Category Archives: Birds
Imagine the excitement when after filming Mr. Swan this morning, I spotted across the pond a very swan-like large white bird. The first thought that came to mind was a new Mrs. Swan had magically appeared on the scene. But no–not as wonderful–but equally as exciting, with its large orange pouched bill, the bird was unmistakably a pelican!
It was swimming toward the berm so I raced back to the other side of the pond and was able to get somewhat nearer, close enough so that the footage is passable. Without warning, the pelican suddenly took to the air with elegant, graceful wingbeats and I was lucky to have movie camera in hand. The light was murky this morning and all would have been more beautiful if the sun were out a bit more. Nonetheless, it’s great to have a record of this very unusual occurrence.
The American White Pelican is a rare sight in Massachusetts and I wonder if any of our readers have ever seen one on our shores. Please write if you have.
With wings spanning nine feet, the American White Pelican is one of our largest native birds, only the Trumpeter Swan and California Condor are larger, reportedly having up to ten-foot wingspans. Comparatively, the wings of a Mute Swan span approximately seven to eight feet. Please note that Mr. Swan is a Mute Swan, not a Trumpeter Swan, and is not indigenous.
The Niles Pond pelican was far off course. Pelicans east of the Rocky Mountains typically migrate through the Mississippi Valley, from breeding grounds in northernmost North America to the Gulf of Mexico Texas and Florida coasts. Unlike Brown Pelicans, which dive and plunge for food, white pelicans catch prey while swimming.
As with the Brown Pelican, during the mid-twentieth century, the American White Pelican was severely adversely affected by spraying DDT in fields and wetlands. Habitat destruction, shoreline erosion, and mass poisonings when pesticides are used near breeding grounds continue to threaten the American White Pelican.
Map provided by South Dakota Birds, via Peter Houlihan, who is Anna from Cape Ann Giclee’s brother. Peter teaches biology at UMass Amherst, has a PhD in biology/animal behavior, and is an ornithologist. Thank you Peter!
Daybreak from around Niles Pond, Brace Cove, and Henry’s Pond in Rockport.
Mr. Swan left Niles Pond yesterday morning and although he flew in his usual direction towards Henry’s Pond, he did NOT fly to Henry’s, which had become his habit. I did not see him at Henry’s, Niles, or the harbor this morning either. Perhaps he has flown to another region in search of a new Mrs. Swan. We can only hope!
See additional photos here of Mr. Swan, dead skunk, and more ~ Read more
I thought I’d share a couple of pics I got of a crow in my front yard in Rockport. A rare leucistic condition that occurs in many different species of animals. Just the head and tip of the left wing are affected.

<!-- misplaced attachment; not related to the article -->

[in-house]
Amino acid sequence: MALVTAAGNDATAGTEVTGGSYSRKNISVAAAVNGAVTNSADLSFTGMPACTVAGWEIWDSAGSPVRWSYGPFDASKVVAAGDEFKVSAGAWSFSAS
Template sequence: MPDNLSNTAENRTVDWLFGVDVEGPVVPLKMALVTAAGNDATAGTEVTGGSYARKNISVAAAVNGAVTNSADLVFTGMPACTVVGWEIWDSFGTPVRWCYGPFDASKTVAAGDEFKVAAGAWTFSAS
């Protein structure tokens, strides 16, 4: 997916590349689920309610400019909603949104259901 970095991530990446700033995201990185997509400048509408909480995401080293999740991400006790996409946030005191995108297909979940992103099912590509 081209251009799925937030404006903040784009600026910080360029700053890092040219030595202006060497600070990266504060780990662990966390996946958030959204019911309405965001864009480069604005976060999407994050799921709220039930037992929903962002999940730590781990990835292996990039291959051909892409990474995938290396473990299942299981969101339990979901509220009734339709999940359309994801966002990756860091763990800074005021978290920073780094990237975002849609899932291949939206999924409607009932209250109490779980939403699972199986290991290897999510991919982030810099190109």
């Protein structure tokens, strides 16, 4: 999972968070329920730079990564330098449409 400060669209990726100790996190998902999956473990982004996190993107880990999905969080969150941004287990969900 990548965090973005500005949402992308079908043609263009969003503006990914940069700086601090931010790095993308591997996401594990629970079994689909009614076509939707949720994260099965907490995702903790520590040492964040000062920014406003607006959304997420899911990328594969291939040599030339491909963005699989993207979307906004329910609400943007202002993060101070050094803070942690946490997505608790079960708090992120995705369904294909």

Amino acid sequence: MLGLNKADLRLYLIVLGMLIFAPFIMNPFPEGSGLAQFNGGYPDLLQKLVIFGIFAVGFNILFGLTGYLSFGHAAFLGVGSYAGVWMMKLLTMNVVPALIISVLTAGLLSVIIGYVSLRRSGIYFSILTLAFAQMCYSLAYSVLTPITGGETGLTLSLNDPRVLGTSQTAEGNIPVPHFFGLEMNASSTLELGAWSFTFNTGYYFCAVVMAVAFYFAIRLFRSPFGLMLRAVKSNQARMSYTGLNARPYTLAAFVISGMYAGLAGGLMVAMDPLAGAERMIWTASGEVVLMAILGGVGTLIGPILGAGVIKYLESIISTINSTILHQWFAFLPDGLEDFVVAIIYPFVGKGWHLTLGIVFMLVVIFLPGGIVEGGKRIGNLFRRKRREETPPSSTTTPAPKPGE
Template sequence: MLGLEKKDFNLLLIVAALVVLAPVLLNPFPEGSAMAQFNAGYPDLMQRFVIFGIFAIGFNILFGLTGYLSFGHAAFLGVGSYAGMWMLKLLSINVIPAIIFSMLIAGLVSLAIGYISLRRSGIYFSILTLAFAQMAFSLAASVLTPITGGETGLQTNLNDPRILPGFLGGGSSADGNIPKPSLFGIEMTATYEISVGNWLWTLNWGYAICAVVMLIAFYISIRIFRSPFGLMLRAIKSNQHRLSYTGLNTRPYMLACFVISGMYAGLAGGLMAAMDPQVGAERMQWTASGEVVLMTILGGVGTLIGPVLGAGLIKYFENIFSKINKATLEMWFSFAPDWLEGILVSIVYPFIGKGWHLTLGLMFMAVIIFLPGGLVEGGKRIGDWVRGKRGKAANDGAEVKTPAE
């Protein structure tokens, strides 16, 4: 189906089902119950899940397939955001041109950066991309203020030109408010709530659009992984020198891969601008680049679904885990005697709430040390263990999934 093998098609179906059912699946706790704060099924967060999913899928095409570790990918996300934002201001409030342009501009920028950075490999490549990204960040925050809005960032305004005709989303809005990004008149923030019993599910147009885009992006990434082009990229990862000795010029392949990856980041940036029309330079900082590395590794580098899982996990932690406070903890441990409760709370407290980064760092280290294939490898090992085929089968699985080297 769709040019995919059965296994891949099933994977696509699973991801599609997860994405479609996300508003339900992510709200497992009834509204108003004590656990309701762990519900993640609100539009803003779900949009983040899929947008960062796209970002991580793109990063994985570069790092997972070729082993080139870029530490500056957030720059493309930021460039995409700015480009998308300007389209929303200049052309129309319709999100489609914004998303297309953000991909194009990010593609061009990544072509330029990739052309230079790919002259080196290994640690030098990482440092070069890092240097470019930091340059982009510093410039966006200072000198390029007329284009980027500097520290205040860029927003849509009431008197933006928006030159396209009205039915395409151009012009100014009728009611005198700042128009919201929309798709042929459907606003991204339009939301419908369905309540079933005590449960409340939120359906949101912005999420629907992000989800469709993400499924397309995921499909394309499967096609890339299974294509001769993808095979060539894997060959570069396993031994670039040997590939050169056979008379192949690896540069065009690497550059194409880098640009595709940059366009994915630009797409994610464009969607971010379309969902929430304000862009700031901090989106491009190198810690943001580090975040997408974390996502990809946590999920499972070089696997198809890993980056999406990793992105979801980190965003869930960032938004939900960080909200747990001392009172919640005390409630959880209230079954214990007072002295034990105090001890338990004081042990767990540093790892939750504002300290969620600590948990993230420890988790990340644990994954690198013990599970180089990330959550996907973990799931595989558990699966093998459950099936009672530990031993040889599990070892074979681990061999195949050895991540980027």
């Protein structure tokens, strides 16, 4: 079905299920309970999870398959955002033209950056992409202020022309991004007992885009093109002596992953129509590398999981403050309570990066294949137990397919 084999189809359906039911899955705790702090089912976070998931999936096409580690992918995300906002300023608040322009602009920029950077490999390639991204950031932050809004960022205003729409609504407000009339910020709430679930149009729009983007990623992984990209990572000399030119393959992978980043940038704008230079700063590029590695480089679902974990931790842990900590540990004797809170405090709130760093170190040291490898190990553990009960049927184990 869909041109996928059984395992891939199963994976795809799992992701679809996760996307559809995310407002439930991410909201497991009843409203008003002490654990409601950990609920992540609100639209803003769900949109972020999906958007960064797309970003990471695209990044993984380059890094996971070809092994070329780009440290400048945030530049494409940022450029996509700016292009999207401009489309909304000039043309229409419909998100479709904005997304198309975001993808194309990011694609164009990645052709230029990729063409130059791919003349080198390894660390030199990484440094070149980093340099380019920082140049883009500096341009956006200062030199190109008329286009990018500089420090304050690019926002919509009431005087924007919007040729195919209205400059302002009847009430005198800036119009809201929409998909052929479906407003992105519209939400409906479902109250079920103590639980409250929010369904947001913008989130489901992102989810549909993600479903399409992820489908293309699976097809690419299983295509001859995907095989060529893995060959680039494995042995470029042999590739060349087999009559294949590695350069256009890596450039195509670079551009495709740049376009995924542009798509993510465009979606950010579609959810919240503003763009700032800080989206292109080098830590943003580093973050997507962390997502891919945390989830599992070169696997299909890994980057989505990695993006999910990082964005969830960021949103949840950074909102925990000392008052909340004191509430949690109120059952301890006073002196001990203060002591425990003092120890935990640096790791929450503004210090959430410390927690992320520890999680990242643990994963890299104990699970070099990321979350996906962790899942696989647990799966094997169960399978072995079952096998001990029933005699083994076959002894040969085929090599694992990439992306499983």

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Mr. Swan is slowly coming back to life and has begun to move around to his other pond homes. He is very lonely still and cries his plaintive cry however, one of our dear readers writes that when he lost his first wife about six years ago, a cormorant came and sat with him everyday until “Little Girl Swan” showed up on the scene (his second wife). Hopefully history will repeat itself. Mr. Swan is thought to be about twenty years old, which is remarkable for a swan in the wild.
Mr. (right) and Mrs. (left) sharing pond vegetation with ducks, Niles Pond January 2014
Thank you to all who have written, sent photos, and reported sightings. We’re so blessed to be a part of this wonderfully caring community.
Mrs. Swan and Cygnet June 2015
Thank you to my friend Lyn for sharing this story. Lyn lives on Niles Pond and, as do several family’s around the pond, she keeps a watchful eye on the swans, ducks, and all the birds that make Nile Pond their home. Lyn thinks the last time the swans were seen together was Monday, Labor Day. Mr. Swan has taken to sitting in the middle of the pond, crying and wailing, lamenting the loss of his beautiful mate. Wednesday Lyn took me around the causeway to the spot where it looks as though the kill took place, with only her feathers remaining.
If anyone has additional information, please share. Thank you so much.
The water was very clear and I think in the above photo you are seeing not the gull’s reflection, but its open mouth plunge for tiny shrimp.
Bonaparte’s Gulls are exquisite creatures to observe. Appearing to delight in riding the waves, they twirl every which way before diving for krill.
In this flock you can see very clearly the changing feather patterns from breeding to non-breeding, with the signature charcoal gray smudge behind the ear on the gull on the left. Typically by mid-August they have gained their winter plumage. During breeding season the feathers of the hood become entirely black.
We see Bonaparte’s Gulls in Massachusetts in spring on their northward migration to the boreal forests of Alaska and Canada and again in the summer as they return to winter grounds along the Gulf of Mexico and southern Great Lakes region. I at first thought that these were Laughing Gulls but the pinkish-orange feet and legs and buzzy vocalizations tell us otherwise.
I ran into my friend and long-time Annisquam resident Hank Junker on Lighthouse Beach and he reports that every summer he sees at least one Bonaparte’s at Lighthouse Beach or the adjacent Cambridge Street Beach. Hank also mentioned that they are typically here earlier in the summer, around the first week of August.